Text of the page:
Should Pet Policies be Revised at Work?

Office employee working from home with a corgi sitting at his laptop with him

A total of 3.2 million households in the UK acquired a pet since the start of the pandemic. Now, with many of their owners being asked to return to the office, employers face the dilemma of whether to acknowledge new doggy daycare issues, or even to allow dogs into the office. The question of whether or not to consider our canine companions may seem totally at odds with a traditional, capitalist structure, but with accepted ways of working being completely turned on its head since Covid, businesses must think out of the box when it comes to defining their business culture.

Some of the businesses we work with have decided to incorporate pet priorities into their new flexible working policies, and this is not necessarily onerous. Most companies that can are continuing to take a hybrid approach when it comes to where their team works, and this benefits not only those juggling childcare, it also benefits those with dog care costs. We also work with businesses that are being even more creative when it comes to flexible pet options. A number of our clients give their team the option of a half day work/ home split so dogs are not left alone for more than four hours. Some even give team members the option of popping back home for a dog walk (if possible!)

These approaches may seem pretty progressive but thinking about policies which support the culture you want to create for your staff is extremely important for companies that want to thrive. The pandemic has pushed business owners to shake up their ways of working and, if they are asking employees back into the office, the working environment. The positive side of this is that for businesses willing to show flexibility, it is another way to create a workplace which is more integrated with the reality of peoples’ lives. Work isn’t separate from life – to be most fulfilling and rewarding it needs to be part of it.

Pre-pandemic, the big brands which allowed dogs into offices were seen as unique. Google, Apple and Amazon were some of the organisations allowing this benefit to employees, with wellbeing cited as a key benefit. And wellbeing is an essential consideration for the modern business. There is evidence to show that having a dog in the office is beneficial for the mental health of employees. Dogs have been shown to help reduce stress1 and also release both dopamine and oxytocin, ‘happy hormones’ which provide a surge of positive emotion and generate feelings of trust, relaxation and overall psychological stability. In our research with our own team, we were surprised to find how central mental health was when it came to staff absences, so much so that we started a mental health sick day policy. If dogs can be allowed into the office in a strategic way, for example different dogs on different days, these canine members of the team could actually bring something to the table in terms of building a positive office culture and defusing stressful situations at work.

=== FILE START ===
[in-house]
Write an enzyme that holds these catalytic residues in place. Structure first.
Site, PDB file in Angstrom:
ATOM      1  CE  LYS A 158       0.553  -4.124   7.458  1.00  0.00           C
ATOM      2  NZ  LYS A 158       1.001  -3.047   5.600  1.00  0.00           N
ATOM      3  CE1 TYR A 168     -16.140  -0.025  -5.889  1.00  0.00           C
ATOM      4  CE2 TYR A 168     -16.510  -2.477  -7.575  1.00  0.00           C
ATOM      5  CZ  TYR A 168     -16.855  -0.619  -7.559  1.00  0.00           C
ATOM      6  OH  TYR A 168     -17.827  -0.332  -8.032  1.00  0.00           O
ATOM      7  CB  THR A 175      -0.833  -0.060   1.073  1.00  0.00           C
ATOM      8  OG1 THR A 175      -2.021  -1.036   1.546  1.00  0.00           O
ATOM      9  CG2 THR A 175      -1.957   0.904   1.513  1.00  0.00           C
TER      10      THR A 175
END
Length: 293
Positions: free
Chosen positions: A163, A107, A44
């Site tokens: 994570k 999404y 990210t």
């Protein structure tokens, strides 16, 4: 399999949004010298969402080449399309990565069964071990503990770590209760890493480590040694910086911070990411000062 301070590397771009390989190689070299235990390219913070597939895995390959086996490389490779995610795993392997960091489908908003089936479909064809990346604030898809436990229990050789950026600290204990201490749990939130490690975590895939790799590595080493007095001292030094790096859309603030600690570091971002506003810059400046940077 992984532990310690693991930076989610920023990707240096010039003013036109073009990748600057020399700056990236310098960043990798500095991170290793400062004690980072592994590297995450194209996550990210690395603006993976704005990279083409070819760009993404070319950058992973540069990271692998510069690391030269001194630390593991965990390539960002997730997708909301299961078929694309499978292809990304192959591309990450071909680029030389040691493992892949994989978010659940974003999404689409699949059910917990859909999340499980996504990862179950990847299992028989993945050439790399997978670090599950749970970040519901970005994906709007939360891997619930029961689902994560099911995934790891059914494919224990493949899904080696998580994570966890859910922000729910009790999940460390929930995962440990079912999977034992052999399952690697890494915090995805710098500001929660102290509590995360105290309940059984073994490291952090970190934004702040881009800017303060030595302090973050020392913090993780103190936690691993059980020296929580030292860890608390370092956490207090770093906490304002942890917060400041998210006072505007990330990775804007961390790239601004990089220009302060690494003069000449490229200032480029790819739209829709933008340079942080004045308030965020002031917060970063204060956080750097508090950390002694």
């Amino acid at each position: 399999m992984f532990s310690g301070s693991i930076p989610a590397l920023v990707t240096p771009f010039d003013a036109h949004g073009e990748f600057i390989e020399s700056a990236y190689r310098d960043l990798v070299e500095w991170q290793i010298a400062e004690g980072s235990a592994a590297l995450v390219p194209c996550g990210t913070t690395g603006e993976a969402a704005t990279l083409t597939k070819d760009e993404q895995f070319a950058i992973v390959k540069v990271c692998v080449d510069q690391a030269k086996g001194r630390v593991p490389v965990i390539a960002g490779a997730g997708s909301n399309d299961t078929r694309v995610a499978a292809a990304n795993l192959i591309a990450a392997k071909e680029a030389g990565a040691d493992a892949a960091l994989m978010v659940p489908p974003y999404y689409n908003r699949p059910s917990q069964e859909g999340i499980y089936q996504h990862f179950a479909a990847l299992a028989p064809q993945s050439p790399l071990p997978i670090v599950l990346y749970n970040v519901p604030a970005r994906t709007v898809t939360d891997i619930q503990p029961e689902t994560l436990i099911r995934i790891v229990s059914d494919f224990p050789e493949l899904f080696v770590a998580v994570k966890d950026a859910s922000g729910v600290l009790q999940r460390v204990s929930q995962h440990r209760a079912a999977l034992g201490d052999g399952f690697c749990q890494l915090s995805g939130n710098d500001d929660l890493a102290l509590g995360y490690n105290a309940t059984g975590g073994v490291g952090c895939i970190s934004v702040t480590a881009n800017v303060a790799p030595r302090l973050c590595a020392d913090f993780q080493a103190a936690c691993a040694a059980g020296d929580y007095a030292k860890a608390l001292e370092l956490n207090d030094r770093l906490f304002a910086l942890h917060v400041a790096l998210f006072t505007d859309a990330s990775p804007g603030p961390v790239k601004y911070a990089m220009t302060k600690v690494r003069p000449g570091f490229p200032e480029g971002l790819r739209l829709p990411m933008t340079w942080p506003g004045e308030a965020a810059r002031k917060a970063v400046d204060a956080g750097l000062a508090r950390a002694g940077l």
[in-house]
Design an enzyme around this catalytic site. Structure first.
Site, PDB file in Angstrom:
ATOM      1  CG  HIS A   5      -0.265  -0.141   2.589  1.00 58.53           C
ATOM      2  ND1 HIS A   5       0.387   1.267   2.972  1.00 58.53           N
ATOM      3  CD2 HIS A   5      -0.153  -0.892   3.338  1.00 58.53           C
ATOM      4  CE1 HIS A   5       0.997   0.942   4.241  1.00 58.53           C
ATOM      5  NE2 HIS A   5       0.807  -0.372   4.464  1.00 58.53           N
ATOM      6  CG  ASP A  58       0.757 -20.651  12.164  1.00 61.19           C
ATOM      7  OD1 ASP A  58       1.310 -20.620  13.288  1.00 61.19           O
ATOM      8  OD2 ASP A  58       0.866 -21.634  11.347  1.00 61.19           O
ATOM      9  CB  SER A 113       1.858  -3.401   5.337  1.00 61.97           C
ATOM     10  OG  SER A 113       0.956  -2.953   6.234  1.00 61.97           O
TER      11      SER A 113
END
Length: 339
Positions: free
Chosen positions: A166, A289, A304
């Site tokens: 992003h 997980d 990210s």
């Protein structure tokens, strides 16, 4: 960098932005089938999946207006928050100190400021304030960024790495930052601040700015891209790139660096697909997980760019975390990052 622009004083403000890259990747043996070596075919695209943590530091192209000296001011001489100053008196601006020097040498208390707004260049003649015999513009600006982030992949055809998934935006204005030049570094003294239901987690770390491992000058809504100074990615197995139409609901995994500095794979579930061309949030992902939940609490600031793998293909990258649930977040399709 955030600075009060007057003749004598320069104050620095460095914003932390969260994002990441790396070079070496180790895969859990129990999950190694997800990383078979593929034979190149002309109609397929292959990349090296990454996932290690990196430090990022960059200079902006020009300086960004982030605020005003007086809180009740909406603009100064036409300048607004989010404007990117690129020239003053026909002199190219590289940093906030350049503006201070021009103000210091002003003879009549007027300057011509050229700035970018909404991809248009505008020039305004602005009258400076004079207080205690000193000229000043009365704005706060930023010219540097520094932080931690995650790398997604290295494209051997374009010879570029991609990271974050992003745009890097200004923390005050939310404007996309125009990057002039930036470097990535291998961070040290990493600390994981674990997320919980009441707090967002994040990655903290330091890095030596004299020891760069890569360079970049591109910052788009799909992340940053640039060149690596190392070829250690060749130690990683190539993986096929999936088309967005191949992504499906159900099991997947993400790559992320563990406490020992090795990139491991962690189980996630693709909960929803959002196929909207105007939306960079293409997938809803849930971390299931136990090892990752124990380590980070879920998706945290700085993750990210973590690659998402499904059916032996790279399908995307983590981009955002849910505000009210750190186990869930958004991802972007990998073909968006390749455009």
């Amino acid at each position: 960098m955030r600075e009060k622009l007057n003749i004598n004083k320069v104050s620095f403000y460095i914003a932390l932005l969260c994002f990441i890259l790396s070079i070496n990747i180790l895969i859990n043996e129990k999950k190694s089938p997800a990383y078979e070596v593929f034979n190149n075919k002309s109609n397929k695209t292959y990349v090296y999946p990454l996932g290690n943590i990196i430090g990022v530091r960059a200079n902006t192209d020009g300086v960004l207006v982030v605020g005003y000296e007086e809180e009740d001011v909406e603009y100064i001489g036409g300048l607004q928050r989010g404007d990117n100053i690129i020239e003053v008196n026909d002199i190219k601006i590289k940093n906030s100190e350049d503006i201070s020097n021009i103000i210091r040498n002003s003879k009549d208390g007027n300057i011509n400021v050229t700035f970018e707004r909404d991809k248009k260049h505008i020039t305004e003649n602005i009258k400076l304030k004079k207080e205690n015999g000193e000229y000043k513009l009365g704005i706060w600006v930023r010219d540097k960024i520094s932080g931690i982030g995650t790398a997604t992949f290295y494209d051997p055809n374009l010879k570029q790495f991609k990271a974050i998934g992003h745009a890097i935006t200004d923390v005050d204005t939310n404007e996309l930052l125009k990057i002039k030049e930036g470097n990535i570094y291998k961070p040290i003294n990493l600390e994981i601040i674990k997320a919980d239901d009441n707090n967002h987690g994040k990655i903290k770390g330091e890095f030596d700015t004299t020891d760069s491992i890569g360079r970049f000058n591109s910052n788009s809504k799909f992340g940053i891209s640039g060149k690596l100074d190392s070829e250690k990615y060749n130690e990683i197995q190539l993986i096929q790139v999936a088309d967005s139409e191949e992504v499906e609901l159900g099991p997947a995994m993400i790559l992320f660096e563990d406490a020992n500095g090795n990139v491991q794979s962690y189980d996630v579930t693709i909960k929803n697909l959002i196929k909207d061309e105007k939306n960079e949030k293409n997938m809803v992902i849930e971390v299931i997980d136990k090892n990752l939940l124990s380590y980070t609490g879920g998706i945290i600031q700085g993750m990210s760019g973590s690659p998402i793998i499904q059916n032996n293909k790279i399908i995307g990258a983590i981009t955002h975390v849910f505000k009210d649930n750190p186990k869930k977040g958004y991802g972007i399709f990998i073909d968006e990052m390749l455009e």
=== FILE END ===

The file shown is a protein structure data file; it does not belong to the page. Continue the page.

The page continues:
Before allowing dogs into the office however, it is important to set guidelines that will work for your particular set-up. We have been asked to recommend how to manage multiple requests for canine companions joining employees, and clearly this does raise the impossible issue of multiple dogs in one office space. One client even had to backtrack on allowing dogs into the office as 70 percent of their workforce now owned a dog they were keen to bring in. We’ve also heard stories of dogs ruining client meetings and making a nuisance of themselves in new business pitches. While in some instances this could endear the business to potential new customers (especially if you are pitching for the Royal Canin or Pets At Home accounts!) for most, it’s additional stress they could do without.

The watchword when it comes to businesses creating policies around pets is tailoring, and this is also true of tailoring to individual team members. Whatever you do when it comes to supporting your teams’ new pet pressures, it has to be tailored for both your organisation and for the individuals working within it. There is massive competition for recruiters to keep hold of the best talent at the moment, and businesses which are willing to think carefully, strategically and pragmatically about their culture – in relation to pets or other employee issues – will retain and attract staff.

Ben Gateley is CEO and Co-Founder of CharlieHR, a service which offers on-demand HR advice and HR software for thousands of UK SMEs.  

Rebecca Grewcock

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